There are known heads, for example a head according to the French patent application No. 85 14766, with a higher field contrast, but this is obtained by heating a magnetic material, placed in the magnetic circuit, beyond its Curie point. However, such a material should combine a set of characteristics (Curie point, resistivity, magnetic field at saturation point) that are difficult to obtain simultaneously.

SUMMARY OF THE INVENTION

An object of the present invention is a multiple-track magnetic recording head with a dense network of microheads, having the highest possible field contrast between excited microheads and microheads at rest, while at the same time having high writing efficiency, the making of this head being as simple as possible and inexpensive.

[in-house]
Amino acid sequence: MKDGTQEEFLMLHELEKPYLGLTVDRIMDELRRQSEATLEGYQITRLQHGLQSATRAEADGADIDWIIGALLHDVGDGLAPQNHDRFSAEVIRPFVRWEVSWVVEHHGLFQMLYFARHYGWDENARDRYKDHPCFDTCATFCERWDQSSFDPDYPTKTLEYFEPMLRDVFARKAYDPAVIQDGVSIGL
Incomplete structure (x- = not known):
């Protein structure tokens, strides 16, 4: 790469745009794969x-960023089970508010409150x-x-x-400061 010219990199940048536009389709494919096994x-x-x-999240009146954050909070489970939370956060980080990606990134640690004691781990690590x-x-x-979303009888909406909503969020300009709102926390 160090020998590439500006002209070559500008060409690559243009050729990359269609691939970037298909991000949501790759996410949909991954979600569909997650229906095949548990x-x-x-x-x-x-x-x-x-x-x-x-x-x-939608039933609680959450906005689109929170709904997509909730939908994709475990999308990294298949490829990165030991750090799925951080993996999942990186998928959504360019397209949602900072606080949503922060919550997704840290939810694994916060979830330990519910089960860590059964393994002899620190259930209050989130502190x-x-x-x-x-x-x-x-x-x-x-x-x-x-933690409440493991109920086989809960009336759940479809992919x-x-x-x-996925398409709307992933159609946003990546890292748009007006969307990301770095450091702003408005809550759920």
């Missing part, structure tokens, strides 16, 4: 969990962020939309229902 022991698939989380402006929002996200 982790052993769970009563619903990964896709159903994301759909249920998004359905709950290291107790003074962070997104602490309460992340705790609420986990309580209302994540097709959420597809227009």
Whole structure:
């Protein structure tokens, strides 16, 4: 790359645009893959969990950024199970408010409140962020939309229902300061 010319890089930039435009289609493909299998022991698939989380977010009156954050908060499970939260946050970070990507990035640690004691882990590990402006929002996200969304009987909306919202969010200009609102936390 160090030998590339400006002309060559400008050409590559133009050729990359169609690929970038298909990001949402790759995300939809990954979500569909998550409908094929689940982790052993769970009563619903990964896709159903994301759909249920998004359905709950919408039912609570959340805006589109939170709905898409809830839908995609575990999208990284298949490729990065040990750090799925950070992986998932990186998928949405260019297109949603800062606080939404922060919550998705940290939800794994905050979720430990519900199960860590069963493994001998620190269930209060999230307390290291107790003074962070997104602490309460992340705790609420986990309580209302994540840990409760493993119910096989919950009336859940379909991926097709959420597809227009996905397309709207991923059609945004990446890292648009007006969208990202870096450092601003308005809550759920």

According to the invention, there is proposed a multiple-track magnetic recording head, of the type with a compact matrix structure of magnetic microheads, controlled by inhibition, having a matrix of pads made of magnetic material projecting out of a supporting substrate made of magnetic material, electrical conductors being arranged matricially in the inter-pad spaces, wherein each microhead has a magnetic circuit formed by four neighboring pads, the part of the substrate that joins them and two poles made of magnetic material, each pole magnetically connecting two pads, these two poles coming near each other at the intersection of the electrical conductors in defining a gap.

BRIEF DESCRIPTION OF THE DRAWINGS

The present invention shall be understood more clearly from the following detailed description of several embodiments, taken as non-restrictive examples and illustrated .by the appended drawing, wherein: